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19 April 2007

The illusion of negative proof in incomplete operational demonstrations

We have in the past cited John Robb’s earlier works with interest, as it was clear he was attempting to piece together an understanding of the complex dynamics within modern sub-state and non-state networks involved in many of the key conflict areas around the globe. For these contributions to the literature we are indebted to him, even as we may productively argue with specific points.

We have been less enamored of his recent writings, however, but have been willing to leave the task of debating “multi” generation warfare (4GW, 5GW, et al) to those among the many excellent writers specializing in such military theory - who also not coincidentally offer a better turn of phrase on matters which we consider to very nearly border on combat theology, but for whose efforts we remain grateful.

However, Robb’s recent writings on “negative proof” to evaluate the effectiveness of current surge counterinsurgency operations in Baghdad demand a response. The logical fallacy of seeking to establish indicators for the operational and even strategic picture from single tactical incidents is bad enough. Although we believe in the strategic corporal, and have seen repeatedly the effects of major “turning point” incidents in Iraq (such as the bombing of the Askariya Mosque in Samarra), we have also seen far too many events designated by the pundits as the karmic keystone of the entire conflict – and just as quickly forgotten.

We are particularly concerned by Robb’s selection of recent events which form the basis of his “proof”. The enemy gets a vote in operations, and the success or failure of an effort is not judged on the actions the OPFOR takes in casting that vote, but rather are weighed in the net assessment of both sides’ effects. The strategic estimate is not merely a first draft of history, but the Choosing specific symbolic incidents such as the April 2007 complex attack on the Iraqi Parliament, or random protests (many of which consist of paid agitators), as meeting some threshold defined as “significant enough”, is deeply problematic. This is the essence of satisficing, and carries with it both the weight of cognitive bias, and also in no small measure elements of an analyst perhaps over-attached to his personal theory – with attending loss of objectivity.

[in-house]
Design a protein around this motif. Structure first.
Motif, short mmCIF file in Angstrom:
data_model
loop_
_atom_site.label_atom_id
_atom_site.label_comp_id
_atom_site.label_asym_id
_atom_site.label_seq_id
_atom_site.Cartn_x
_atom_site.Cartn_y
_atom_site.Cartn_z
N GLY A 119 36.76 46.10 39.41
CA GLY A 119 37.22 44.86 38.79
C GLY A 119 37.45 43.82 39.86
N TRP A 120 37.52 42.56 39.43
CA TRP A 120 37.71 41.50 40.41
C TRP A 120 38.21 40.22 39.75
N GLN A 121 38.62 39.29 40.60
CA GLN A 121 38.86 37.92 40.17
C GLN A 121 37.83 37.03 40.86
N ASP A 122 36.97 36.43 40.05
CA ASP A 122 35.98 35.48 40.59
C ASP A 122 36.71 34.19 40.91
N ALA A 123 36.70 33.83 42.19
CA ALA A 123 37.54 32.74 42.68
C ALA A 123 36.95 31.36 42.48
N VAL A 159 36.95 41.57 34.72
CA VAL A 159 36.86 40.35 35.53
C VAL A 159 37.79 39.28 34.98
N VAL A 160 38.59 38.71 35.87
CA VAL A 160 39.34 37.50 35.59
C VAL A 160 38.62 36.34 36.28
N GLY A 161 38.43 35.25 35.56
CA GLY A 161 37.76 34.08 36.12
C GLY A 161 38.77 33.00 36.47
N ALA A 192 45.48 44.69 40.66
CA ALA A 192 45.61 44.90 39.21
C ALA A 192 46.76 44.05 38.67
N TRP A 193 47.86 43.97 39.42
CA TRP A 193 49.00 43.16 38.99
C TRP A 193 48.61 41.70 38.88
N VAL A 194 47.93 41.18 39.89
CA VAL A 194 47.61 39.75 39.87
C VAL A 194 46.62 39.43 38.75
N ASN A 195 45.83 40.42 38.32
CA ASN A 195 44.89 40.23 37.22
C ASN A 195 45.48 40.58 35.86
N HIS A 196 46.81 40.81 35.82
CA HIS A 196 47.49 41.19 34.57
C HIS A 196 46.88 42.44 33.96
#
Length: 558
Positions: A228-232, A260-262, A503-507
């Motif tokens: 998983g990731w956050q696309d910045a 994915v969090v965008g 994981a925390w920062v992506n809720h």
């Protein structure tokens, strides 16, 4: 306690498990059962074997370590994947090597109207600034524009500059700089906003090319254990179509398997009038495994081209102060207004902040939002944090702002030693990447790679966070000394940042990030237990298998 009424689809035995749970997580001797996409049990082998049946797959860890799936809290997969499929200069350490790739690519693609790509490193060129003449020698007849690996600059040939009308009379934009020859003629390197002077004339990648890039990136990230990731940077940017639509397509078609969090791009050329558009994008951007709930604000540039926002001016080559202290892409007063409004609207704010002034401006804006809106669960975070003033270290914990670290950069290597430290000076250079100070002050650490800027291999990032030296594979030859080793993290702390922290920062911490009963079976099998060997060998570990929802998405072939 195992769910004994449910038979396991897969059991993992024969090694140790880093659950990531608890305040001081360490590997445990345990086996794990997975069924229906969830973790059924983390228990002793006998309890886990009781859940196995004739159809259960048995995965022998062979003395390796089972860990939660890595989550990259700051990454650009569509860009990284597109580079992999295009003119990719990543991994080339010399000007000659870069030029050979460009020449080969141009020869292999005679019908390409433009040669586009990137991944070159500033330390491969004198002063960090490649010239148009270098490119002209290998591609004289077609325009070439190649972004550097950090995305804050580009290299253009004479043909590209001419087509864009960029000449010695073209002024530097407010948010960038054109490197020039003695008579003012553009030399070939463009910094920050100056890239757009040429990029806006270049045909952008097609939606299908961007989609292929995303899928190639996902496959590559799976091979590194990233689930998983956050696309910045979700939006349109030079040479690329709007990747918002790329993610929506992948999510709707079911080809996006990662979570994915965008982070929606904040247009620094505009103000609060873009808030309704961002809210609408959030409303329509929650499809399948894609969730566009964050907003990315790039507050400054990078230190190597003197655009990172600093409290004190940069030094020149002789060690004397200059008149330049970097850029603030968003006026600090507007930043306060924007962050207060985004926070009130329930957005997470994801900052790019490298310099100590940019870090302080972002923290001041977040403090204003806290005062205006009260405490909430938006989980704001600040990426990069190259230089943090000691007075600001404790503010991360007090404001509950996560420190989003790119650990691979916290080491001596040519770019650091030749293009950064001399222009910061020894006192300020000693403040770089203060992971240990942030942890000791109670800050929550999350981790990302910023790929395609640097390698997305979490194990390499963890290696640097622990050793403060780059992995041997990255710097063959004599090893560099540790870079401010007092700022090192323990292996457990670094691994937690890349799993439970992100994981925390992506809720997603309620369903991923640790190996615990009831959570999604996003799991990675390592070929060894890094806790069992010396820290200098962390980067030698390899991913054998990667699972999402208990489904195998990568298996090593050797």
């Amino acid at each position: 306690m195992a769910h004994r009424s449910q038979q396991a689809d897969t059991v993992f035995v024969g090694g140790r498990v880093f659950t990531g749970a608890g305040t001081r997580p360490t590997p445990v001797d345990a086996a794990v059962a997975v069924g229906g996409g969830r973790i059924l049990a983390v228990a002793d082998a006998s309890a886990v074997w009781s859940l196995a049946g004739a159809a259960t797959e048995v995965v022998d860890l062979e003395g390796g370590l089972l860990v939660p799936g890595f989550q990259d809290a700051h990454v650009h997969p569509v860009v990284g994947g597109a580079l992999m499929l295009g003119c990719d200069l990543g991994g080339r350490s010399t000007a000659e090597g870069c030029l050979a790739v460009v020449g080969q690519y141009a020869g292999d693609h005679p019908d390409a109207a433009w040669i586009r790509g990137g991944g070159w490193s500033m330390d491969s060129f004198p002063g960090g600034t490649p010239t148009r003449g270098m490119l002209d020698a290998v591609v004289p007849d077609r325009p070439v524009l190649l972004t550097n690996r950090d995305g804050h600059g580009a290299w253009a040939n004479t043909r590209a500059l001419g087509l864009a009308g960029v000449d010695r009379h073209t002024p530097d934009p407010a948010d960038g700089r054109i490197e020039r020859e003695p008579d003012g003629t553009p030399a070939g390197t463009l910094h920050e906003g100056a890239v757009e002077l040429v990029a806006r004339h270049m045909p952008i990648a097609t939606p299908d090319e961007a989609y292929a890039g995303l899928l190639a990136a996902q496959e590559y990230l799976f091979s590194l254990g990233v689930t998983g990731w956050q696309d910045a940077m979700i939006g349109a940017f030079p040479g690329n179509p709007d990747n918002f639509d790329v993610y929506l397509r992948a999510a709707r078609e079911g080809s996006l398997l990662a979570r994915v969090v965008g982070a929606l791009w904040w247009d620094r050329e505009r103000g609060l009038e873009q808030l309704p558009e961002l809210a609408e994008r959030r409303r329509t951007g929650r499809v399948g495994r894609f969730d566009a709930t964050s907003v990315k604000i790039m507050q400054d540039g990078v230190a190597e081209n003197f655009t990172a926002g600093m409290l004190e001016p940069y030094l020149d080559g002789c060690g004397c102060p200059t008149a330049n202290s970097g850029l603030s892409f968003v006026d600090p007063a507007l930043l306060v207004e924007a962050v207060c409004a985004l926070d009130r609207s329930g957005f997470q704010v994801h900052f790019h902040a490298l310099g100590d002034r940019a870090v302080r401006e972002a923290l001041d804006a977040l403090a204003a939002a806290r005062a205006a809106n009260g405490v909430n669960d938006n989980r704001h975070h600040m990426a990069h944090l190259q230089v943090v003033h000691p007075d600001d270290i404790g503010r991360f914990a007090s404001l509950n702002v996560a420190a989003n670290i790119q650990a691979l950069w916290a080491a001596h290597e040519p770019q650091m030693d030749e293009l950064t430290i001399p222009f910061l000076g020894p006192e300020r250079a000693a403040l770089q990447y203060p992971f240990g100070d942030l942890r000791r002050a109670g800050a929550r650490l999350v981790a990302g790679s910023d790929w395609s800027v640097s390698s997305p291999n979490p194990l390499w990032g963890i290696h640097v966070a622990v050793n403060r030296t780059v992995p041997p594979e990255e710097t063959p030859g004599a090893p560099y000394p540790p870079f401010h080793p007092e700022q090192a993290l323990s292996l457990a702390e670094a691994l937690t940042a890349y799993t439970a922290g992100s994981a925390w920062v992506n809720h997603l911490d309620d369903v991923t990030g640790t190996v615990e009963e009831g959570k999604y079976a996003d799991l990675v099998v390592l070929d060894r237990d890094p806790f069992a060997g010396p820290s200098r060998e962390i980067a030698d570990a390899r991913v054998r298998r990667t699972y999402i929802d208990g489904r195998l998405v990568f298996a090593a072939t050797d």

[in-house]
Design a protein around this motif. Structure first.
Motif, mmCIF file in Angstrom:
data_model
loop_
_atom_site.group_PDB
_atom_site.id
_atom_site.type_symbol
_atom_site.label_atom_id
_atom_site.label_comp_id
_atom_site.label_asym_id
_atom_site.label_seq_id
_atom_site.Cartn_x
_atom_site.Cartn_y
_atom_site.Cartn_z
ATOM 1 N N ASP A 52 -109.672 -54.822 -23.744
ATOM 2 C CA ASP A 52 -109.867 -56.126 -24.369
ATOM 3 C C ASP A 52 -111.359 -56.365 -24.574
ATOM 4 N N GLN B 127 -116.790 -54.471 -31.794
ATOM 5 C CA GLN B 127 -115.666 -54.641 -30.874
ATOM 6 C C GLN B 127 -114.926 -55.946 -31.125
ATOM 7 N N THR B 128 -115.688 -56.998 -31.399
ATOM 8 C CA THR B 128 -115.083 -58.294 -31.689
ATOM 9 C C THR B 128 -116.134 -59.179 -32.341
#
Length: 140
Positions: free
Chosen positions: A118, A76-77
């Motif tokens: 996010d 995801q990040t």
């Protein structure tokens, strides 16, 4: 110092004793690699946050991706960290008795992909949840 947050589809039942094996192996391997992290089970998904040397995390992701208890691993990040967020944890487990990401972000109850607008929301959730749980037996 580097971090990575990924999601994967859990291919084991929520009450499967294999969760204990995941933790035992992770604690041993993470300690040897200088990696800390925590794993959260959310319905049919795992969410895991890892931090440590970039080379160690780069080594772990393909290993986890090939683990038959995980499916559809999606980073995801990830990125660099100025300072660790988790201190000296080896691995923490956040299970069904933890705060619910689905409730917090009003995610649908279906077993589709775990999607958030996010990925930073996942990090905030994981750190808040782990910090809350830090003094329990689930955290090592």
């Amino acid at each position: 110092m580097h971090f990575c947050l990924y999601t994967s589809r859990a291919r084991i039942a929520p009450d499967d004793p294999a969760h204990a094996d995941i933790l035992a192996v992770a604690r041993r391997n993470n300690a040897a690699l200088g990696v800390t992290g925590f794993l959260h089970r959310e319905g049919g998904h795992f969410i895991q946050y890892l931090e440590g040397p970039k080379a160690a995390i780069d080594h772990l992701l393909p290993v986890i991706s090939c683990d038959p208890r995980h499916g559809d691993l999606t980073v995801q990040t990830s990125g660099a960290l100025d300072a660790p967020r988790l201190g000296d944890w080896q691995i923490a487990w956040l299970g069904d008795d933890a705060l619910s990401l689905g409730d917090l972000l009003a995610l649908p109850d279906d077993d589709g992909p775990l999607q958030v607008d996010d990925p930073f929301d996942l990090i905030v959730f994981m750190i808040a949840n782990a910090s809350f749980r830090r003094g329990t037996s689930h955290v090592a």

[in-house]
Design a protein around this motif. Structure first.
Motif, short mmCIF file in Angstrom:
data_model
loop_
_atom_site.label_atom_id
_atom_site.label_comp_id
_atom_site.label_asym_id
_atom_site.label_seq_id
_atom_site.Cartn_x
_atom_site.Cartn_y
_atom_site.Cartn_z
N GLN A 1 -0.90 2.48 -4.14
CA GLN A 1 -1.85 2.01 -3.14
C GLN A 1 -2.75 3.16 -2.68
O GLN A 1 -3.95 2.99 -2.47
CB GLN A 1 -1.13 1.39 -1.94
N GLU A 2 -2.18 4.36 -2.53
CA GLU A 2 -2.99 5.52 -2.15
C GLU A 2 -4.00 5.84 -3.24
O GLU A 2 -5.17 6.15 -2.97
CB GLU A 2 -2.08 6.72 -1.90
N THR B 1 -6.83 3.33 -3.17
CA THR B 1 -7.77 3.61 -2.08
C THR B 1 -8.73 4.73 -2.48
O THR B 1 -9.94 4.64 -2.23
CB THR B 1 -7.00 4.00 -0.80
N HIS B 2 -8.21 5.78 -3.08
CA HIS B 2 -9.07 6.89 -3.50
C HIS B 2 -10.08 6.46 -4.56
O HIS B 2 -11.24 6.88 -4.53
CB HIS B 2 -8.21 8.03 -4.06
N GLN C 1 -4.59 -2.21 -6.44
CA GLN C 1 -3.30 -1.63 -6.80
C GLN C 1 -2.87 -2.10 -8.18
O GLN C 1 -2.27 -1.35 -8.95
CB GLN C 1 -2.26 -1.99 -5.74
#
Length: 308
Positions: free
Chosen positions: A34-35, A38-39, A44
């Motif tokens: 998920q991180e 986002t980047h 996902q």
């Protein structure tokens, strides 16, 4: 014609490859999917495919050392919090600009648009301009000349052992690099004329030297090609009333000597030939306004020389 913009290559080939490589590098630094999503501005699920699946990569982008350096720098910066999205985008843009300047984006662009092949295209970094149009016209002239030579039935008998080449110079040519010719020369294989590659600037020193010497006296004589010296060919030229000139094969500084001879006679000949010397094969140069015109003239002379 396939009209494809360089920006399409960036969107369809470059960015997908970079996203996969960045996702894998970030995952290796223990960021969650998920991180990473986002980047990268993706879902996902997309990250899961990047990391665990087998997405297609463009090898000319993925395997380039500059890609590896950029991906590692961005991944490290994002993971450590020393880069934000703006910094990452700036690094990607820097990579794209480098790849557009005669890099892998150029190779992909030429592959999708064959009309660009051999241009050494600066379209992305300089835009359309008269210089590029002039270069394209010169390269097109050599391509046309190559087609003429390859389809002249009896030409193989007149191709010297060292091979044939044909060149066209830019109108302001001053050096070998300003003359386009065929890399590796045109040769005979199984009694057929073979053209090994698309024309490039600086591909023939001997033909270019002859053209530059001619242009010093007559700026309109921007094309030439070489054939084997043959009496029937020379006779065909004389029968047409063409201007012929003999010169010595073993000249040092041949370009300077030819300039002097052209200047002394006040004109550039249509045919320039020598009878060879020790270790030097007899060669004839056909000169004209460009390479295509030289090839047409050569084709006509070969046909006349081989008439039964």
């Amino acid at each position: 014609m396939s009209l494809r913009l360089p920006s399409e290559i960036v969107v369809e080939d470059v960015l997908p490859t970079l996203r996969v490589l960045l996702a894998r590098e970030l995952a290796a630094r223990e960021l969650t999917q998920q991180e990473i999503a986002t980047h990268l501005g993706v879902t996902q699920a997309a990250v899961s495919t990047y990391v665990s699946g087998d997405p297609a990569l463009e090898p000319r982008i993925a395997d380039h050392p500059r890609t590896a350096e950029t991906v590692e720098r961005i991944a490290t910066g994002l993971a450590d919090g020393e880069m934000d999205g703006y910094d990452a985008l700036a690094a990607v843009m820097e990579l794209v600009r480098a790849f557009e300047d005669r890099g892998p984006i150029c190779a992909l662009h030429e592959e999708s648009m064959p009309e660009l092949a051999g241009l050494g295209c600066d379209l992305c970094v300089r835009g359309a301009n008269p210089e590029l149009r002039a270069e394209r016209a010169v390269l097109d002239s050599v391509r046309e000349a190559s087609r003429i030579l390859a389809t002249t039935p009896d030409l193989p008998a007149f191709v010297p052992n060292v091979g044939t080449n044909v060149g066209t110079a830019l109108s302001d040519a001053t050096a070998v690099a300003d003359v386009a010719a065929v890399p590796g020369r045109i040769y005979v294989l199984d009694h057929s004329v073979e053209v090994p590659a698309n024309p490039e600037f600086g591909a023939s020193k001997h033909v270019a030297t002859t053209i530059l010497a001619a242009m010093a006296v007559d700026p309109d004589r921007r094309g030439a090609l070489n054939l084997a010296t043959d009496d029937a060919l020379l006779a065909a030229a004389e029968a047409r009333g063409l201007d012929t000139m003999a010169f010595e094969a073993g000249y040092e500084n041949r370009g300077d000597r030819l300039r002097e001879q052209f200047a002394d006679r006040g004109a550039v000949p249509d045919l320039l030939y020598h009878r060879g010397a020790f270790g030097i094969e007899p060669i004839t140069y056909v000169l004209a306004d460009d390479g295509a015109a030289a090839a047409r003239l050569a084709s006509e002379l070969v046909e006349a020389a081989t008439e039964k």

The enemy understands well the non-kinetic effects of specific tactical actions, and chooses to utilize those that have information operations aspects without regard to the longer term efficacy of the options. One has but to witness the emergence of the red-on-red incidents between AQI and Sunni insurgents in Al Anbar to identify strong evidence of a mixed scorecard in the longer term assessment from what were seen as early “significant” events, such as the temporary seizing of built up areas.

Analysts should always be mindful of the necessity to rely upon rigorous analytic tradecraft, and in particular robust counter-deception practices, in order to prevent their work from being tainted by adversary IO themes – particularly when those themes are pursued through a pattern of kinetic operations rather than mere rhetoric.

The success or failure of current strategies has yet to be weighed. Perhaps the effects will be better measured in another Friedman unit… but it is more likely that the political debate will have moved the goalposts for the assessment by that point in time, and the then current discussion will be dominated instead by another transient issue that fails to reflect the grand strategic picture.

Closely related to this discussion is the troubling lack of awareness of enemy IO and political warfare operations and tactics, and the effects of these behaviors on analysis. These issues are not limited to any one pundit or thinker, but rather broadly impact many of those otherwise bright minds attempting to tackle difficult problems.

Fortunately, the academy has responded with at least one individual’s effort to remedy this otherwise widespread ignorance. Dr. Michael Waller has authored an excellent overview, building upon his earlier work countering Soviet and insurgent aktivny mera operations in previous conflicts. We are fortunate to count the gentleman among our influences, and highly recommend his instruction at the Institute of World Politics.

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